Filed under: Foreign Policy, History, National Security, Politics, Terrorism, The United States | Tags: Against Military Advice, Cut And Run in Afghanistan, The Questionable Obama Doctrine
President Obama announced that he is drawing-down troops in Afghanistan, to the dismay of the military. According to a Gallup poll, the American people approve. They are “war-weary” the media says. Why they would be “war weary” is beyond me. They have had no interest in Afghanistan, pay no attention to the efforts of our military there, and have little understanding of the goals.
Obama said he was simply choosing one of the options presented to him by the military, but this was a pants on fire moment. The military did not present that option, as both General Petraeus and Lt. General John Allen confirmed in testimony under oath to Congress. The White House had been providing reporters with the line that Obama simply chose one option among several presented by General David Petraeus. This was Obama’s idea, to pacify his anti-war base in terms of the campaign.
The Taliban have already increased the aggressiveness of their attacks, striking the Intercontinental Hotel in Kabul, with suicide attacks and gunmen, killing at least ten people.
Greyhawk, at the Mudville Gazette, who has been there and done that, perhaps explained it best. He quoted Marine Cpl. Lisa Gardner: “That’s why they won’t work with us,” Cpl. Gardner told a reporter traveling with the unit. “They say you’ll leave in 2011, and the Taliban will chop their heads off. It’s so frustrating.”
Greyhawk went on to say:
Afghanistan certainly isn’t the first time U.S. troops have been sent somewhere in numbers too small to do a presidents’ bidding, but since then 100,000 Americans in Afghanistan have fought the first war in world history against an enemy who’d been assured of their opponents quitting time.
Observers Douglas Feith and Seth Cropsey have attempted to define the Obama Doctrine that got us here:
The Obama doctrine emerges from the conviction that in the new post-Cold War, post-9/11, post–George W. Bush world, the United States cannot and should not exercise the kind of boldness and independence characteristic of its foreign policy in the decades after World War II. That view runs roughly as follows: traditional ideas of American leadership serving American interests abroad are not a proper guide for future conduct. They have spawned crimes and blunders—in Iran in the early 1950s, then in Vietnam, and recently in Iraq, for example. To prevent further calamities, the United States should drop its obsession with its own national interests and concentrate on working for the world’s general good on an equal footing with other countries, recognizing that it is multinational bodies that grant legitimacy on the world stage.Two large ideas animate the Obama Doctrine. The first is that America’s role in world affairs for more than a century has been, more often than not, aggressive rather than constrained, wasteful rather than communal, and arrogant in promoting democracy, despite our own democratic shortcomings. Accordingly, America has much to apologize for, including failure to understand others, refusal to defer sufficiently to others, selfishness in pursuing U.S. interests as opposed to global interests, and showing far too much concern for U.S. sovereignty, independence, and freedom of action. The second idea is that multilateral institutions offer the best hope for restraining U.S. power and moderating our national assertiveness.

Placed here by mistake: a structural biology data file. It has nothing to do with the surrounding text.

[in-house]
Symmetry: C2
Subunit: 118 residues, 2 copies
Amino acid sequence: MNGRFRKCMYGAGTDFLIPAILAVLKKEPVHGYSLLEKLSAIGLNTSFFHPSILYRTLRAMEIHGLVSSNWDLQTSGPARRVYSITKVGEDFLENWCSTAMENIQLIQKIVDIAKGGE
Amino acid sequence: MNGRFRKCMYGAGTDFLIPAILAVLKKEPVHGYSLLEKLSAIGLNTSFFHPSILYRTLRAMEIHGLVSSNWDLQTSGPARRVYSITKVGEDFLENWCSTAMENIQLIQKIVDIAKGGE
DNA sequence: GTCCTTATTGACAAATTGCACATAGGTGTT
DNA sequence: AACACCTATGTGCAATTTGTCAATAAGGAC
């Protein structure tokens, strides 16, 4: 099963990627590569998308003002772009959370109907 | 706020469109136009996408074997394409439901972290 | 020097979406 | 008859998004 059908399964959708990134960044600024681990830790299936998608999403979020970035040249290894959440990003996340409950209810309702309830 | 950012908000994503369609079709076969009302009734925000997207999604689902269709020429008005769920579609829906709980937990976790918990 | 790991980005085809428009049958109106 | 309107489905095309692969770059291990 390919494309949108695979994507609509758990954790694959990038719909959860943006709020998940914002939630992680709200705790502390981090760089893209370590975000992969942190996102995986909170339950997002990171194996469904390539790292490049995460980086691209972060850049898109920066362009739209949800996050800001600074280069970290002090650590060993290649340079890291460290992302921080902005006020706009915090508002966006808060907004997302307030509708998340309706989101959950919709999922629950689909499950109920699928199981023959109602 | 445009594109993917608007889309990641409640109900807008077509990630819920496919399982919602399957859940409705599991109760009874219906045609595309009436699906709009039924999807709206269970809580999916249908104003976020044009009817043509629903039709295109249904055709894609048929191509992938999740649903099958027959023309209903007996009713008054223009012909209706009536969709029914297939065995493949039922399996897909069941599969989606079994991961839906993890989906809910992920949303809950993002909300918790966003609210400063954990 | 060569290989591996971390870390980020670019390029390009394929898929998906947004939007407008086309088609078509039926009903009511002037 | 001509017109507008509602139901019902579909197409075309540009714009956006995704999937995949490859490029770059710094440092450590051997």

Obama views America as a militaristic, patronizing bully. His advisers are encouraging him to apologize for America’s role in the world, and unfortunately neither he nor his advisers have any clue as to what that role has been. Anne-Marie Slaughter, of Princeton, whom Obama appointed as the State Department’s head of policy planning has written:
The president must ask Americans to acknowledge to ourselves and to the world that we have made serious, even tragic, mistakes in the aftermath of September 11—in invading Iraq, in condoning torture and flouting international law, and in denying the very existence of global warming until a hurricane destroyed one of our most beloved cities….
The key to implementing Obama’s strategic vision is through deepening American involvement with multinational institutions. He favors cooperation with the International Criminal Court, pledges “rededication” to the United Nations, progressive treaties , a nuclear Comprehensive Test Ban Treaty and the UN treaty on the rights of women. He is committed to the “transnational law” movement, a vehicle for political progressives to constrain the power of democratically elected government officials. The movement works to circumvent legislatures by arguing that administrators and judges should adopt its ideas as “rights”.
My earlier post explains the workings of the United Nations and its effectiveness.
“The Obama Doctrine Defined” is a long article but an important one. Easy to miss on a holiday weekend. Download it or print it out to read later. These are things that we need to understand about this president and his aims.